By Brian Metzer
(If the context seems a bit out of whack in this story, it is because it was written hours ago as I waited for the ruling to go public. Stay tuned for thoughts on the actual number of games etc. – Metz)
Another bonehead play. Another suspension for Matt Cooke.
The Penguins will be without their feisty winger for the remainder of the regular season and the first round of the playoffs, though it might hurt on the ice, it is something that needed to happen. Cooke, who plays on the edge most of the time, has long walked the fine line between NHL right and wrong and what he did yesterday was just wrong.
Sure you can compare it to other similar hits and circumstances, but unfortunately it isn’t apples to apples when you do so. The league is forced to look at the fact that they are dealing with a player who had been suspended for multiple games four times before (three of which involved hits to the head or from behind). Cooke also set off a firestorm of debate regarding head shots in the league after delivering a blow to the head of the Bruins’ Marc Savard last season.
Though the hit was legal under the league’s rules at the time, it dovetails with the rest of Cooke’s resume. That resume is the reason that the league had to come down on the Penguins’ forward.
Losing Cooke will certainly hurt a Penguins team that is in the hunt for home ice advantage in the Eastern Conference playoffs, as Cooke is a superb penalty killer who also has the ability to score the timely goal. But according to Penguins’ beat reporter Rob Rossi, team sources were hopeful that the league would come down hard on Cooke this time around.
His past actions had already unleashed a firestorm on the Penguins’ organization and were the main ammunition used to attack Mario Lemieux and Ray Shero when the former made comments speaking out about violence in the game. Cooke’s (pardon the expression) greatest hits were paraded out again and again by folks who have been calling Lemieux a hypocrite for employing such a player while talking of eliminating head shots.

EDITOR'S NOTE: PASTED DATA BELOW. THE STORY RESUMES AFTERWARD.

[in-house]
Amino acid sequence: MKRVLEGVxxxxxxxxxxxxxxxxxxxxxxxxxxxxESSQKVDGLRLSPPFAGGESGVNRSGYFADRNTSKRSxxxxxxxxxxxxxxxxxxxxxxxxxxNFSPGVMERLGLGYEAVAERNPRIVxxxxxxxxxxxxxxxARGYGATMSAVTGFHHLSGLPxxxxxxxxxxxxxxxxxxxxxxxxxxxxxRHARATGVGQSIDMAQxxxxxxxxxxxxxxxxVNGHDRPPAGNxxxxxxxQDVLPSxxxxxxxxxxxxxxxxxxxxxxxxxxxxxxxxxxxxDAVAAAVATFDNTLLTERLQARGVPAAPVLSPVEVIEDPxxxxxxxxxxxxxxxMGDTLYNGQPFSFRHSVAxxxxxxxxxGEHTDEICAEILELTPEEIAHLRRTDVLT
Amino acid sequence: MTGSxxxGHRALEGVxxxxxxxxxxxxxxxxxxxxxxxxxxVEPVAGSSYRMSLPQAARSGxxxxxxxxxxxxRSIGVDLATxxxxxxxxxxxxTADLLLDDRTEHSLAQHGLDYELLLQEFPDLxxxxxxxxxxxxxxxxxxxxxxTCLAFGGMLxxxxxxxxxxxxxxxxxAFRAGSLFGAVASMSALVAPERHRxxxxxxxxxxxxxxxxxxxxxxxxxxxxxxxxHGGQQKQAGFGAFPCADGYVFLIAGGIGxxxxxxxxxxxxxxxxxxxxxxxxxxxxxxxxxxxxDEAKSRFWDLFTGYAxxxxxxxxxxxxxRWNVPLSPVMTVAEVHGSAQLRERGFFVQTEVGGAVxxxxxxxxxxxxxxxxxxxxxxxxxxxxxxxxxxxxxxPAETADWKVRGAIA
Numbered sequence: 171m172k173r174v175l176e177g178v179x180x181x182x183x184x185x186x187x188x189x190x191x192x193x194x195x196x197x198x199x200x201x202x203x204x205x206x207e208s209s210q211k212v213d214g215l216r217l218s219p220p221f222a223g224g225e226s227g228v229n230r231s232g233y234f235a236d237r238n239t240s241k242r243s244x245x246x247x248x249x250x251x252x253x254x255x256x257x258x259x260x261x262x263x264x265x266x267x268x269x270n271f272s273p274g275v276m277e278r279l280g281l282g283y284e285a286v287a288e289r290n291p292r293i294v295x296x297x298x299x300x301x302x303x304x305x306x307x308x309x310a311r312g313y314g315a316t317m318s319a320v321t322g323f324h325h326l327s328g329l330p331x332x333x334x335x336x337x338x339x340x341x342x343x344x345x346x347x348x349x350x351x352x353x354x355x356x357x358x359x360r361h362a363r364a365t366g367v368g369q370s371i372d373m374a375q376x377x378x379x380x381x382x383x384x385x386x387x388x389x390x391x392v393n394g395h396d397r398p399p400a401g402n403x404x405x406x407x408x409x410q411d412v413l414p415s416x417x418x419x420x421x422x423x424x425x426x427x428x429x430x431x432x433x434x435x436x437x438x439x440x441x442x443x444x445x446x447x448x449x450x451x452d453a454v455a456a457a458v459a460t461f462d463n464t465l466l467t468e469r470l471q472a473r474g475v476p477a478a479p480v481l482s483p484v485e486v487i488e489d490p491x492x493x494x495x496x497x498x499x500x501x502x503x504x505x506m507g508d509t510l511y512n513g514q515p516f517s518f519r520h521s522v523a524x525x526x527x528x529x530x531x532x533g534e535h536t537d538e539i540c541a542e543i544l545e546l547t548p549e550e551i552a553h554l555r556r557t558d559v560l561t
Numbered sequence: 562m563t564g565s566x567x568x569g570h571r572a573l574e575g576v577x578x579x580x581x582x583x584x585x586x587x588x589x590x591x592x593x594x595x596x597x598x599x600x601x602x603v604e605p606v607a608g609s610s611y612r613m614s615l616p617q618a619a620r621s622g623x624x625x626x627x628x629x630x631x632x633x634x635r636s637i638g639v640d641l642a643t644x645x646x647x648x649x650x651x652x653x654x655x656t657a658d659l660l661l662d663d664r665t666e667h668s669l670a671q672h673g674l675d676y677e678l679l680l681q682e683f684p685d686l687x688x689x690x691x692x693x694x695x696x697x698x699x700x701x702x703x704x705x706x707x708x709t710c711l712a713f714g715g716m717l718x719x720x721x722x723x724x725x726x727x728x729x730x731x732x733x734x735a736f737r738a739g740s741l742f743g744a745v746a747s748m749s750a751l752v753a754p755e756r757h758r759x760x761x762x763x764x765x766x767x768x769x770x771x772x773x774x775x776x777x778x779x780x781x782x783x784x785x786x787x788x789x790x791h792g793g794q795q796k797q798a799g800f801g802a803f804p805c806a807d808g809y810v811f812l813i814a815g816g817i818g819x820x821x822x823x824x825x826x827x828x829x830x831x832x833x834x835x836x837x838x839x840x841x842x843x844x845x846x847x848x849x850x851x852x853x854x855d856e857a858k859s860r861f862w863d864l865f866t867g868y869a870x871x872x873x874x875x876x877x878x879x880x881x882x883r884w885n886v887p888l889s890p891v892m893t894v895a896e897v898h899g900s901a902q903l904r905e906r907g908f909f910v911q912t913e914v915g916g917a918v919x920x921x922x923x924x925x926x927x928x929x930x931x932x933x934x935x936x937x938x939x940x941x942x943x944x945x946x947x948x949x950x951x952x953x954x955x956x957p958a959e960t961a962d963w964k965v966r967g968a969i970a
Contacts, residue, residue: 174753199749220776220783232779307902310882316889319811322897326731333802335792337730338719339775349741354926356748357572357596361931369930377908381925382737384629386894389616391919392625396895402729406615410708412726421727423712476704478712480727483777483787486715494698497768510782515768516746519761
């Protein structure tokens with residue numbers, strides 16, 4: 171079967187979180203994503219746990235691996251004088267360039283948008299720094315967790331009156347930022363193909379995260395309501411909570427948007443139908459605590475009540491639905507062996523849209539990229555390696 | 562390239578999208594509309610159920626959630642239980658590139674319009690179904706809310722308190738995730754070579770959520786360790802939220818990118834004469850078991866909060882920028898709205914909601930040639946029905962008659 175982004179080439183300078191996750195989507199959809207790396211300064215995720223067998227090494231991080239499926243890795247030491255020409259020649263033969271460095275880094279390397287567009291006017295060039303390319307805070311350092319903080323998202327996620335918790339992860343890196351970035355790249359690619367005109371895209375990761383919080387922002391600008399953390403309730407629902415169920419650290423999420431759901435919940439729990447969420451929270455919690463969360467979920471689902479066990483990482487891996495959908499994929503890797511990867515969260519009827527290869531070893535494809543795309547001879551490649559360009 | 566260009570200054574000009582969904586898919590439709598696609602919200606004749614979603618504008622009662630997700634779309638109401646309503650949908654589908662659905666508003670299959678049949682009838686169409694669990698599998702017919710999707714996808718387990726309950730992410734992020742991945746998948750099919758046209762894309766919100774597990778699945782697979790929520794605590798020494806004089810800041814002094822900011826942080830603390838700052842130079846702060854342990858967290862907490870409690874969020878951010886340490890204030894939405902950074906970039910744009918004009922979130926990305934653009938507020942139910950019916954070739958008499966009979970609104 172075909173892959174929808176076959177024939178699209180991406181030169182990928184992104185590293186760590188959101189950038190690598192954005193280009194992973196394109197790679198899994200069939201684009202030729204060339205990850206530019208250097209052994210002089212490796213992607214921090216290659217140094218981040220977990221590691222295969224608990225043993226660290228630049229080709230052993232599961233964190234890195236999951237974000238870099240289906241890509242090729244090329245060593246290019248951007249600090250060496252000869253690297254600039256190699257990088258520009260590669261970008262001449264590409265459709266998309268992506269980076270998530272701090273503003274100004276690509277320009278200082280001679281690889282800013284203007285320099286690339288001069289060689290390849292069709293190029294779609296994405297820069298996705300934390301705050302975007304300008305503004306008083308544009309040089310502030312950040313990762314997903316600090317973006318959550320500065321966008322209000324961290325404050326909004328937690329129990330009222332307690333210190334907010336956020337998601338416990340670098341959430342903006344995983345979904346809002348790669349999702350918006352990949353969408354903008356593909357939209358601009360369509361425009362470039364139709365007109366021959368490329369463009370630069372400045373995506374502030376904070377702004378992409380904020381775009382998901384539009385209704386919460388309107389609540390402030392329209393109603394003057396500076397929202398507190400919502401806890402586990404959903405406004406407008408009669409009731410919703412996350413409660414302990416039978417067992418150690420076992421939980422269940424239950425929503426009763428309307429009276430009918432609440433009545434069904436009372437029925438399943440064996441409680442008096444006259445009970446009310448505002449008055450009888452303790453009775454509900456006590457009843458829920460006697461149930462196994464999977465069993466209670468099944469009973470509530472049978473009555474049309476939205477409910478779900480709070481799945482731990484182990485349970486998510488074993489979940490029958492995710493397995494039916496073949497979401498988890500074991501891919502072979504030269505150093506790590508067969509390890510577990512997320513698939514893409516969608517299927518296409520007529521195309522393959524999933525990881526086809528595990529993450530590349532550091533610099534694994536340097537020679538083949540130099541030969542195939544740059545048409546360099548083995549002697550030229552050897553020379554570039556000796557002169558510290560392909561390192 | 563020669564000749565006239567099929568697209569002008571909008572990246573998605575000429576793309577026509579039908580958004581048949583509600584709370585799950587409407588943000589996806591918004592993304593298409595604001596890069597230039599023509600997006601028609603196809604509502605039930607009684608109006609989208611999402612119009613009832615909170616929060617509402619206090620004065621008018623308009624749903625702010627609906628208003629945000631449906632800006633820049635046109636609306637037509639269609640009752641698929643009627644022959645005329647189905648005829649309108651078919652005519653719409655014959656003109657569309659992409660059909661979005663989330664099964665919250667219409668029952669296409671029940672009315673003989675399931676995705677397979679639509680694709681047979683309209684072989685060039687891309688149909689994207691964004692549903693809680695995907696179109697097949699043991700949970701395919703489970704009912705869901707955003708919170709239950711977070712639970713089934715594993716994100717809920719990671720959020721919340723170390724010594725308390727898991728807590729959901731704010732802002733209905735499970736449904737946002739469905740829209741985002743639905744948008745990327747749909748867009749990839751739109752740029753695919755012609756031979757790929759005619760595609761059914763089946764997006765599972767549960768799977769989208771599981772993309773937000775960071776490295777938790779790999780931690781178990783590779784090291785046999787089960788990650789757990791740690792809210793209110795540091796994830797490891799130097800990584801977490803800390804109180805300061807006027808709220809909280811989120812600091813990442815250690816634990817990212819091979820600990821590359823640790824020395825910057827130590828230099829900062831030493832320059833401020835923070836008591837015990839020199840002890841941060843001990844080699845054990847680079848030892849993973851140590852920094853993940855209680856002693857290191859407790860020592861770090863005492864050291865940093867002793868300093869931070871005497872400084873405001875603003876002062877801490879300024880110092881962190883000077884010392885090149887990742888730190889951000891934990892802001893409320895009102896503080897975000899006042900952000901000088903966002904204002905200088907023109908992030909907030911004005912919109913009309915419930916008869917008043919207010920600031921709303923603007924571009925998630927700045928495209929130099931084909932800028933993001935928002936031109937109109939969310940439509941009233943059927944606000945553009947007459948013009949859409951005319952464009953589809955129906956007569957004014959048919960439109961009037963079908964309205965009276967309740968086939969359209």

Lemieux answered the criticism to some extent last week when he penned a letter to the league outlining an idea for discipline in the league. The idea would call for monetary penalties for the teams as well as the players in these situations. The Penguins’ owner also pointed out that his own team would have already been fined $600,000 dollars under the new format.
The reaction to the plan was largely positive, but Cooke’s hit on Ryan McDonagh on Sunday afternoon seemed to have broken the damn and Lemieux criticism is again flying free.
This entire situation can’t be leaving a nice taste in the collective mouths of Lemieux, Shero and everyone else involved with the Pittsburgh Penguins. It will certainly be interesting to watch how the rest of this story plays out over the next several weeks and into the off-season.
Matt Cooke Suspensions By the Numbers:
03/21/11 14-17 games – Hit to head
02/9/11 4 games – Hit from behind
11/29/09 2 games – Check to head
1/27/09 2 games – Hit to head
2/21/04 2 games – Spearing